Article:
HDR Darkroom: Working with Multiple Images
HDR Darkroom is a photo editing software with high dynamic range (HDR) image editing capabilities. The following tutorial describes how to work with multiple images with this sophisticated software.
Step 1: Taking Multiple Shots
The point is to take multiple shots of the same image with different exposure settings. For this, you can use the AEB (Auto Exposure Bracketing) function available in most digital cameras as this will provide an adequate coverage of the dynamic range of the image. Take at least 3 to 5 shots, and it is better to use a tripod.
Step 2: Loading and Merging Your Shots in HDR Darkroom
After you have initialized the software, you will be in the main work area. Here, you can click on the button on the right side of your screen or click on File, and then click on Create HDR. This will open a dialogue box for adding and merging your shots.
Step 3: Choosing the Options
In the dialogue box, under the Alignment column, you will see various options. These options are basically for correcting any errors which may have occurred during the shoot. Choosing the Slow Alignment option will give you the most accurate results, although it will be a slower process. It will correct the errors of distortion and rotational and translational movements, and after the alignment process will generate a merged digital negative of 32 bit float point. In the first option of No Alignment, there will be the same merged result but without any alignment taking place.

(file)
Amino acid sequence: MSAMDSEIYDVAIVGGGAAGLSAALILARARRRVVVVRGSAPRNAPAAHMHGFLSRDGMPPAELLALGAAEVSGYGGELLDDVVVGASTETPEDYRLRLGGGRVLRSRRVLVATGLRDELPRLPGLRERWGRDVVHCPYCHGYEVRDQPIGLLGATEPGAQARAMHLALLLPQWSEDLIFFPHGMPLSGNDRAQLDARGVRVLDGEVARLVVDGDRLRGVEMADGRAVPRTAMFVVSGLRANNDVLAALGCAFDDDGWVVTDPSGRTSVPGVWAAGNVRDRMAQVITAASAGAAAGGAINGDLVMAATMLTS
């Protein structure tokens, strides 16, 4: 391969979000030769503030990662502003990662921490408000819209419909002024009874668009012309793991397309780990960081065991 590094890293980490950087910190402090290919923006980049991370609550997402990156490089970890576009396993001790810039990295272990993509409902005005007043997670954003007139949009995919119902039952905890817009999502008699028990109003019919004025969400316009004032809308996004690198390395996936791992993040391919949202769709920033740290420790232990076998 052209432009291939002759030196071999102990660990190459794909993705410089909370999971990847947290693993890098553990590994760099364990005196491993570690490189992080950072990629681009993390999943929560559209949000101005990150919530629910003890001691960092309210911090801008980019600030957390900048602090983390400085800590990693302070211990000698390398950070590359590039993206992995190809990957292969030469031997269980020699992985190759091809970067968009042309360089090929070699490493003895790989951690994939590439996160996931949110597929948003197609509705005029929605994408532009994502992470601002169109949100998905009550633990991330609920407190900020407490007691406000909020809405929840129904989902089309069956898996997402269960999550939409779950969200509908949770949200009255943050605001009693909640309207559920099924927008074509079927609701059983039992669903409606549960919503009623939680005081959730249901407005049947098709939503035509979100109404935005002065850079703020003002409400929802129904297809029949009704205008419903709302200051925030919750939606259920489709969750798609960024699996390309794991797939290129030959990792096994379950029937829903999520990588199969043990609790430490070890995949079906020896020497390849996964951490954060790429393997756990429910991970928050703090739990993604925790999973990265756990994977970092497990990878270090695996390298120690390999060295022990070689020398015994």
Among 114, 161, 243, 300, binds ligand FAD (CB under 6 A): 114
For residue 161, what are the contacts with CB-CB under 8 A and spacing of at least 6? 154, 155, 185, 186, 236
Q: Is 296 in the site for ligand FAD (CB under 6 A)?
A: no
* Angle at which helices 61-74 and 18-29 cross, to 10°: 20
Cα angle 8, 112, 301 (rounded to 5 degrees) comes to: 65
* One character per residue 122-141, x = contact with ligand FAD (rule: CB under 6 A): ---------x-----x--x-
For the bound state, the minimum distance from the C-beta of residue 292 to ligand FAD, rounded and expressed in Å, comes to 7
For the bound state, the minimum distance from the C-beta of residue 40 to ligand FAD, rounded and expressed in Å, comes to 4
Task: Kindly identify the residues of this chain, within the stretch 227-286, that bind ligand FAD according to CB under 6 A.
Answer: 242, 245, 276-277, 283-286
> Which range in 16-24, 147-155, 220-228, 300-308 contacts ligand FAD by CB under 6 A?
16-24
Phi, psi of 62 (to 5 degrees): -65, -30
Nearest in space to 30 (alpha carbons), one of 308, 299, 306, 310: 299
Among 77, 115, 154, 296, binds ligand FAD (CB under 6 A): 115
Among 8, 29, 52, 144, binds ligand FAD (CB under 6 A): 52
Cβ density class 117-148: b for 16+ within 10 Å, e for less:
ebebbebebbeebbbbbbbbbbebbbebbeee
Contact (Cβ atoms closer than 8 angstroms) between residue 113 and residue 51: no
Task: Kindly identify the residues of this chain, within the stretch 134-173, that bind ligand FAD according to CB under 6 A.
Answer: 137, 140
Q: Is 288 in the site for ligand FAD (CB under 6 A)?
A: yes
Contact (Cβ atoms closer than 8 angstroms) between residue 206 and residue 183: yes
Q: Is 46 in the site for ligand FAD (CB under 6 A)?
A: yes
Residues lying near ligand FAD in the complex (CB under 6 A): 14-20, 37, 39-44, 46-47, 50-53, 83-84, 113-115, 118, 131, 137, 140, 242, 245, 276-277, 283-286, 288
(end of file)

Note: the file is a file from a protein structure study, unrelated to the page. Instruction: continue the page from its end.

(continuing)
Under the Exposure options, you can choose EXIF if your image files have the exposure data in EXIF. Otherwise, choose the Guess option, which will estimate the exposures in your images. If you are not sure if EXIF data is available, it is better to choose the Guess option.
After you are done with choosing the options, click on the Add button to include the photos you want to merge. The software supports RAW, BMP, JPEG and other 8 bit formats. Click on the OK button.
Step 4: Viewing the Outcome
After the process, HDR Darkroom will display the resultant digital negative or HDR radiance map in 8 bit values in the work area. This gives a fair idea of how the actual result in 32 bit float point will appear.
Step 5: Higher Quality HDR
In order to further enhance the HDR outcome, you can click on the Development button and choose Tone Mapping. This will open a panel on the right side of the work space with options and slider controls. The options are between three engines for tone mapping, namely Local Tone Balancer, Local Tone Enhancer and Fast Tone Compressor. These engines work on the contrast, lighting level, brightness and color saturation in the image. For example you can choose the Local Tone Balancer option if you want to extract more detail from the highlight and shadow areas in your image. After choosing the option and making the required adjustments, click on the OK button.
Step 6: Saving Your Work
Once the software has done the processing, it will again show the image in full size in the work area. If satisfied by the outcome, you can save it under various formats.